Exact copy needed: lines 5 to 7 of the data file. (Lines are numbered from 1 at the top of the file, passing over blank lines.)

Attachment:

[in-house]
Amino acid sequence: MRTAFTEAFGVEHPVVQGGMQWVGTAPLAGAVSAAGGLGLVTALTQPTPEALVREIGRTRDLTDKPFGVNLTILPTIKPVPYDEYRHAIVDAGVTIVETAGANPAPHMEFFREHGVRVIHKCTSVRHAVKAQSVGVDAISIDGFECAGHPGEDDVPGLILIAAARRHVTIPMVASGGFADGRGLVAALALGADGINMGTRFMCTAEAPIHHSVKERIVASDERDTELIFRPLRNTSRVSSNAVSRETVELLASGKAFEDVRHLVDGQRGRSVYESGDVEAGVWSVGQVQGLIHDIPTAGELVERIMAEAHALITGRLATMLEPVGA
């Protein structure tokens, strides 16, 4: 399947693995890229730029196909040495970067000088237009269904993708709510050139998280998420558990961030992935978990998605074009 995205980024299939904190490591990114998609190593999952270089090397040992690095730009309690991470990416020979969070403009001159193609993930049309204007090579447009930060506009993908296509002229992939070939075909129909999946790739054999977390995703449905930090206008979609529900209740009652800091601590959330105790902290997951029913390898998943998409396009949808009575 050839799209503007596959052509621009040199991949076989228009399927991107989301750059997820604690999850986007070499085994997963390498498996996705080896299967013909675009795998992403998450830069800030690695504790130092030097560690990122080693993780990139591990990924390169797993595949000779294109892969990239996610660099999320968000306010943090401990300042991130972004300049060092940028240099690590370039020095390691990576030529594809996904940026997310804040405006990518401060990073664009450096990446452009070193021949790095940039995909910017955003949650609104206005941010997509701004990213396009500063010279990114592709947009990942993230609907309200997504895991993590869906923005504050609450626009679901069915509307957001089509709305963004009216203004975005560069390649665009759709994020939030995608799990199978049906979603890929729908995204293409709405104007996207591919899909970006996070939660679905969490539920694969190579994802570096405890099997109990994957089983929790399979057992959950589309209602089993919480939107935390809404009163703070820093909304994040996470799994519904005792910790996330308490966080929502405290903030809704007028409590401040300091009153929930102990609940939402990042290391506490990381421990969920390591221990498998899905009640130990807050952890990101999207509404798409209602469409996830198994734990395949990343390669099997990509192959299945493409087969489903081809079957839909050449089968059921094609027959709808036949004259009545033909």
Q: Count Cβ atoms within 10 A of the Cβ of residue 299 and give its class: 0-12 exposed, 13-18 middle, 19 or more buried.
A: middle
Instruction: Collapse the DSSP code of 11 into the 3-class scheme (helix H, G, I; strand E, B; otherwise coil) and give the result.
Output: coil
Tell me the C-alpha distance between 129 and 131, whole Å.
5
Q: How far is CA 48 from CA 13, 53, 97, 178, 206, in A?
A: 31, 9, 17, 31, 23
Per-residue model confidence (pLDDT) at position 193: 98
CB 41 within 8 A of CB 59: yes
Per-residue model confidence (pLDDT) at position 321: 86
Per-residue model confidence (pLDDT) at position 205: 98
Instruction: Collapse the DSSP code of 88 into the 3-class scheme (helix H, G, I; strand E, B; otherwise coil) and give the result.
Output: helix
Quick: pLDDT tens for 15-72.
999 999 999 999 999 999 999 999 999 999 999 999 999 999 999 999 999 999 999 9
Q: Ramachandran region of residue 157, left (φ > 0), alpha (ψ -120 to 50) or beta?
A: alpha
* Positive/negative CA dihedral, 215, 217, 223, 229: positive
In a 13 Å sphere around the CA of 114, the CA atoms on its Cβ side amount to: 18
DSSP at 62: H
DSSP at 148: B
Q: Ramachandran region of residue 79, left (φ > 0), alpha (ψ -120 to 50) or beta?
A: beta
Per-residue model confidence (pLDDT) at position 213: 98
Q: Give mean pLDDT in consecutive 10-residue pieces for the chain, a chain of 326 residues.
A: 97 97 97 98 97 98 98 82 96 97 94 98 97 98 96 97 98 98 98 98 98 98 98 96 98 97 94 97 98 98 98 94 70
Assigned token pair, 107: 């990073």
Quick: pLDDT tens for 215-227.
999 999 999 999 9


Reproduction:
A: middle
Instruction: Collapse the DSSP code of 11 into the 3-class scheme (helix H, G, I; strand E, B; otherwise coil) and give the result.
Output: coil